Kristine Leschper expands sound and perspective on sophomore album

Initially, Kristine Leschper wrote poems, not songs. But at a certain point she had some poems she didn't know what to do with. So instead of trying to publish a book — a process she knew nothing about — she began shaping the poems into songs.

“That felt more accessible to me — a way to see them to completion,” Leschper said over email.

Leschper, who dubbed her band Mothers, gravitated first toward stripped-down arrangements, like the plucked mandolin, sparse piano, intermittent strings and up-close vocal on “Too Small for Eyes,” the leadoff track on Mothers' 2016 debut, When You Walk a Long Distance You are Tired.

But on recent follow-up Render Another Ugly Method, Leschper and her band sought to branch out with new sounds, and they brought on producer John Congleton to help them get there. “I knew that John had worked on a ton of records, all extremely different sonically,” Leschper said. “I've never been interested in making music that is genre-specific, and going into the studio we were after something more like a Frankenstein-ian composite of music we like, from avant/prog rock in opposition to African guitar music to darkwave to folk/songwriter music.”

The sonic change corresponds with a move away from the first-person intimacy of the debut album to “something more like a camera than a mirror,” she said. “My first love was confessional poetry, writers like Anne Sexton and Sylvia Plath, so it was intuitive for me to emulate those sensibilities when I began to write. I can't express how important it was for me to find writing by women I related to as a confused and angry young person. It saved my life. It doesn't feel like a shift to me, but more of an extending outwards to include other styles of writing, due largely to having digested more literature since the first record.”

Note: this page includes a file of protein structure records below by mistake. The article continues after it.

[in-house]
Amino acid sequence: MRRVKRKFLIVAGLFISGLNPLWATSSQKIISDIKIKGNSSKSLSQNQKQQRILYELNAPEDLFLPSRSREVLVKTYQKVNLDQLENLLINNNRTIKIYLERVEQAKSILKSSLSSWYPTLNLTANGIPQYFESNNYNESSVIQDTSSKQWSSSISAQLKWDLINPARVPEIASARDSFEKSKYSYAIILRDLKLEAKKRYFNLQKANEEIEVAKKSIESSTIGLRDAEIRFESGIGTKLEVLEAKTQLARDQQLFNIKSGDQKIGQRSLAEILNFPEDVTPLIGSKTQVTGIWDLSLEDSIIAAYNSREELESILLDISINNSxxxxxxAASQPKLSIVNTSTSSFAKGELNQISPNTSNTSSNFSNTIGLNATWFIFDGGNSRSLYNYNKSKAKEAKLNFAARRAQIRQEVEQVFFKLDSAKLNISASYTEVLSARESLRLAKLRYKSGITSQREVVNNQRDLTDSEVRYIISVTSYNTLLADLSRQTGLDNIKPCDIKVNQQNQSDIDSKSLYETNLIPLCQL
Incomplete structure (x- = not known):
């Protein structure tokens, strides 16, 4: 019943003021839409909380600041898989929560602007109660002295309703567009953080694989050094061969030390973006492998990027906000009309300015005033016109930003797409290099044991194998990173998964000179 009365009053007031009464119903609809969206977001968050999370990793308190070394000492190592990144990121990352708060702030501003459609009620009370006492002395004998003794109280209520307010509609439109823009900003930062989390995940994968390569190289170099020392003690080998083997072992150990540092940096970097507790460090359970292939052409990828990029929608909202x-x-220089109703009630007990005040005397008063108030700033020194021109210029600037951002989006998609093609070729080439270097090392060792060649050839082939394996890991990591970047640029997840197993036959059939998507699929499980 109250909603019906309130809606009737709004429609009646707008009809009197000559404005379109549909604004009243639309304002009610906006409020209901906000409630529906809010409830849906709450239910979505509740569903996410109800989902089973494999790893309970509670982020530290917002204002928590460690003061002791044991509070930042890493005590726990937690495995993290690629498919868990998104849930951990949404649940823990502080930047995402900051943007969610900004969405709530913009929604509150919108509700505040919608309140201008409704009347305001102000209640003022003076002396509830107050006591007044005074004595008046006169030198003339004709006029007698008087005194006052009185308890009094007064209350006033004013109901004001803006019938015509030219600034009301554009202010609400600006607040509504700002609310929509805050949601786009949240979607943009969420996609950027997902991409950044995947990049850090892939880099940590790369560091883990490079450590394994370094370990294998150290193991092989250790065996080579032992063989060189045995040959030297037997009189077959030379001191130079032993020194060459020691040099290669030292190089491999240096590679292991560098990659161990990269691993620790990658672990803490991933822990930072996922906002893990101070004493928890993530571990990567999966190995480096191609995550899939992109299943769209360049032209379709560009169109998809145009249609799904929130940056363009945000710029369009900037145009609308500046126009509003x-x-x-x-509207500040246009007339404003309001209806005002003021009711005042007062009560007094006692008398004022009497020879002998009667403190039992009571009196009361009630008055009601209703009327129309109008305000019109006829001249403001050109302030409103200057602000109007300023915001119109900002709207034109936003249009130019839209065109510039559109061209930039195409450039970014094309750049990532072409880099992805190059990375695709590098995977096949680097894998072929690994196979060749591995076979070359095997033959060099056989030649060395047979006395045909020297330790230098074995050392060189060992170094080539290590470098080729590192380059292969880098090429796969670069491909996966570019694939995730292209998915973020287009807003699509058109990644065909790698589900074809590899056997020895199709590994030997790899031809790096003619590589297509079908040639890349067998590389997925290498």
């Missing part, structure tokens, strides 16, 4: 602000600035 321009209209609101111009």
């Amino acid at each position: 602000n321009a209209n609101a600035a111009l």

Still, there's thematic overlap between the two albums. “Too Small for Eyes” touches on the idea of feeling invisible, and on Render track “Beauty Routine,” Leschper explores the concept of being erased through ritual and repetition. “Brush my teeth as an act of desperation/Show me a beauty routine to erase me completely,” she sings.

For Leschper, writing and singing about those ideas can be curative. “Exploration and dissection of my wants, needs, shortcomings [and] fears is the only way I have been able to know myself over the years,” she said. “For whatever reason, I contextualize my environment best through abstraction and metaphor. Honestly, I think that it helps me to stay engaged with the mundane, and provides this room for playfulness and ‘magic' within the harsh — and sometimes boring! — reality of being a person floating through space.”